• Harkki, Juliana Sade Maria (2020)
    Background: Alcohol dependence is a chronic severe substance use disorder that has devastating personal and public health consequences. The efficacy of the current pharmacotherapy options for the treatment of alcohol dependence are modest at best, therefore better alternatives are greatly needed. Lysergic acid diethylamide (LSD) has shown promise in treatment of alcohol dependence in several clinical trials. A sigle high dose of LSD has been suggested to have a treatment effect that last for at least six months, indicating a remarkably better efficacy than the currently available methods. LSD itself has been reported to have a low addiction potential. In mouse models, acute LSD has been demonstrated to reduce ethanol consumption. Yet, the mechanism of action behind these effects has remained largely unknown. LSD is an agonist of serotonin’s 5-HT2A and 5-HT2C receptors which have been shown to modulate the dopaminergic activity of the reward circuitry, a crucial brain area in the initiation of addiction. Intracranial self-stimulation (ICSS) is a procedure for a quantitative assessment of reward behavior in animal models. In ICSS, laboratory rodents self-administer electric stimulation to the dopaminergic pathways of the reward circuitry inducing a reinforcing effect similar to drug reward. Aim: The aim of the current body of work was to use ICSS to assess the acute effects of LSD on reward behavior in C57BL/6JRj mice. This was done to improve the understanding of the mechanism of action of LSD and to evaluate whether the ethanol-consumption-reducing effect of LSD in mice is mediated through the reward mechanism. Methods: Bipolar electrodes targeting the medial forebrain bundle were implanted in the brains of C57BL/6JRj mice in a stereotaxic surgery. The animals were trained to acquire the self-stimulation in the discrete-trial current-intensity procedure. First, the possible dose-dependent acute effects were tested with three different doses of LSD. Next, the acute effect of LSD on amphetamine-induced changes in ISCC were tested. Lastly, a small preliminary test on the effects of LSD on lipopolysaccharide (LPS) -induced changes on ICSS were conducted. Results and conclusions: Acute LSD did not affect reward behavior in ICSS on any of the tested doses. Accordingly, LSD did not affect the facilitation of ICSS induced by acute amphetamine. The results of the LPS experiment were likely to be skewed by the development of tolerance to LPS, therefore the evaluation of the possible effect of LSD was not possible. These findings suggest that the previously reported LSD-induced reduction in ethanol consumption in mice, is not mediated through alteration of the reward mechanism. At the same time, these findings provide further evidence supporting the suggestion that LSD itself does not induce facilitation of the reward circuitry needed for the development of addiction.
  • Laukkanen, Liina (2021)
    This study investigated the in vitro and in vivo effects of direct angiotensin II (ANG) receptor type 2 (AGTR2) agonist Compound 21 (C21). The blockade of ANG receptor type 1 (AGTR1) by AGTR1 antagonists has long been associated with antidepressant and anxiolytic effects. Furthermore, it has been suggested that the therapeutic effects of the AGTR1 antagonists are partially dependent on enhancing the signaling through neuroprotective AGTR2. This suggests that as a specific AGTR2 agonist C21 could be used as a potential therapeutic tool to treat mood disorders that would greatly benefit from new effective treatments. Brain-derived neurotrophic factor (BDNF) is a neurotrophic that binds to tropomyosin receptor kinase B (TRKB). This study aimed to test how C21 affects BDNF:TRKB signaling that has been shown to regulate the therapeutic effects of different antidepressants that act on mood disorders. In vitro effects of C21 on BDNF:TRKB signaling were investigated with ELISA in the cortical cell cultures. Acute AGTR2 stimulation significantly elevated the amount of surface TRKB whereas a prolonged treatment of C21 for three consecutive days induced activation of TRKB. Similarly, combined treatment of C21 and a non-therapeutic treatment of BDNF induced TRKB activation, further linking the AGTR2 stimulation by this compound to the BDNF:TRKB signaling. In vivo effects of C21 on conditioned and unconditioned fear were investigated in mice by using contextual fear conditioning and elevated plus-maze (EPM) respectively. The therapeutic effect of C21 protected mice from conditioned fear but failed to provide similar results for unconditioned fear in the EPM. Interestingly, these stress-protective effects of AGTR2 stimulation were lost in the BDNF-deficient animals. To conclude, AGTR2 stimulation by C21 elevates the amount of surface TRKB that enhances the BDNF:TRKB signaling similar to antidepressants, which further leads to the therapeutic, stress-protective effects. Furthermore, these AGTR2-induced effects were absent without exposure to stress or when BDNF was diminished, indicating that both fear conditioning and BDNF are crucially involved. This study suggests that the AGTR2 is indeed a potential therapeutic target for treating mood disorders, and that in the future C21 could be translated for this use. To achieve this result, the cell types that regulate this effect need to be identified.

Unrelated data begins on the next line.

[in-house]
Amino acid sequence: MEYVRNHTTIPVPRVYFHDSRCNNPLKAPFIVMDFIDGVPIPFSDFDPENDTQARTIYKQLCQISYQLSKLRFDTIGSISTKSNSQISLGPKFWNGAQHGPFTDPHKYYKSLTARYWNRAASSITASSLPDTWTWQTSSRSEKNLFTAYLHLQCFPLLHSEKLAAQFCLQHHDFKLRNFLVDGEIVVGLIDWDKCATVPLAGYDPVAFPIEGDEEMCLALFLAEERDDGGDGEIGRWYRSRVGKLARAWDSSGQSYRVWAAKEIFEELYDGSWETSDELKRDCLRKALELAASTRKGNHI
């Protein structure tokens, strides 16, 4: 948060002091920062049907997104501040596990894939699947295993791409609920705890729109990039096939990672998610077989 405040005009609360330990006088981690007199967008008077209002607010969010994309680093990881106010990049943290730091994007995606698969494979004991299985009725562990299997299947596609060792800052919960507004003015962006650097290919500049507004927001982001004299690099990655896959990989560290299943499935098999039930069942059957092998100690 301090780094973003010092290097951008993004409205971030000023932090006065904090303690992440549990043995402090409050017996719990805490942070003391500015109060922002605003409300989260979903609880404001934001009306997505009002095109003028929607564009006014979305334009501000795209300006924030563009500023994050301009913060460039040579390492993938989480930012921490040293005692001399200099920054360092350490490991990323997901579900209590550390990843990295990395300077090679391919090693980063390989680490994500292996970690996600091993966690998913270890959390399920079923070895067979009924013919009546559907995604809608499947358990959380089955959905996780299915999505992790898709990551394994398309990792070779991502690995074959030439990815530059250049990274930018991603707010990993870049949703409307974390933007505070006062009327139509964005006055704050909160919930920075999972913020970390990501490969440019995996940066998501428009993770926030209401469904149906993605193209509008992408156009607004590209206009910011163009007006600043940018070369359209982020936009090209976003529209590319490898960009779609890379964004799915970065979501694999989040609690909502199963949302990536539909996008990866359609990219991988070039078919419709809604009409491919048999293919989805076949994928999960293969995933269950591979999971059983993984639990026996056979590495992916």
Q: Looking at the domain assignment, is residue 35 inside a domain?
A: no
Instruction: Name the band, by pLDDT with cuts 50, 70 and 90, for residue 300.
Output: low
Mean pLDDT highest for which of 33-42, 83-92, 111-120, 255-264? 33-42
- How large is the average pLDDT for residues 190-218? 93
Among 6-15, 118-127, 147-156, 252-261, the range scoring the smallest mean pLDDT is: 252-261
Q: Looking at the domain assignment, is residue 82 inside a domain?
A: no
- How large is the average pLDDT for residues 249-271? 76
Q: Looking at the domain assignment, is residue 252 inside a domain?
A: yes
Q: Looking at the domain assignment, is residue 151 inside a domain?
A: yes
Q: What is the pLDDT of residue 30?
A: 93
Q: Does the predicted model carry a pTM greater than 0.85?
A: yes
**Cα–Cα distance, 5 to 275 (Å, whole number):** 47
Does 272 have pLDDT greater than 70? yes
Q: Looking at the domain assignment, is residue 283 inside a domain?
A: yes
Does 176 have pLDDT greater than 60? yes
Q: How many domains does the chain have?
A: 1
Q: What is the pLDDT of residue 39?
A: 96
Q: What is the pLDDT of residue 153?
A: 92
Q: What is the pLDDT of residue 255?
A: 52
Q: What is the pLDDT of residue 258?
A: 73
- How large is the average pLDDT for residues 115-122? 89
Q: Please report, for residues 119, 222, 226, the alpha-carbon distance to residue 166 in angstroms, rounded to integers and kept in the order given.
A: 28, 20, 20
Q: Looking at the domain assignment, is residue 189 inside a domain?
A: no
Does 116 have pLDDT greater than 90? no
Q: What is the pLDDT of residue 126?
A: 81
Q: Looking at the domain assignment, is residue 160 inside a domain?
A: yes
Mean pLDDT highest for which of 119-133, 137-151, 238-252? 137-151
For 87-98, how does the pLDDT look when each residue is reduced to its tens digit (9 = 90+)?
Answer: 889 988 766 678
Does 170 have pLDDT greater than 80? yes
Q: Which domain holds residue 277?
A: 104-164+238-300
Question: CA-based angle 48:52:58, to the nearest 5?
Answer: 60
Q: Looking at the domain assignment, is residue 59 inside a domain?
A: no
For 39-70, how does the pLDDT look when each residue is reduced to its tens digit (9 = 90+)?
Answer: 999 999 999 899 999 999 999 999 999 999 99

• Sokka, Laura (2021)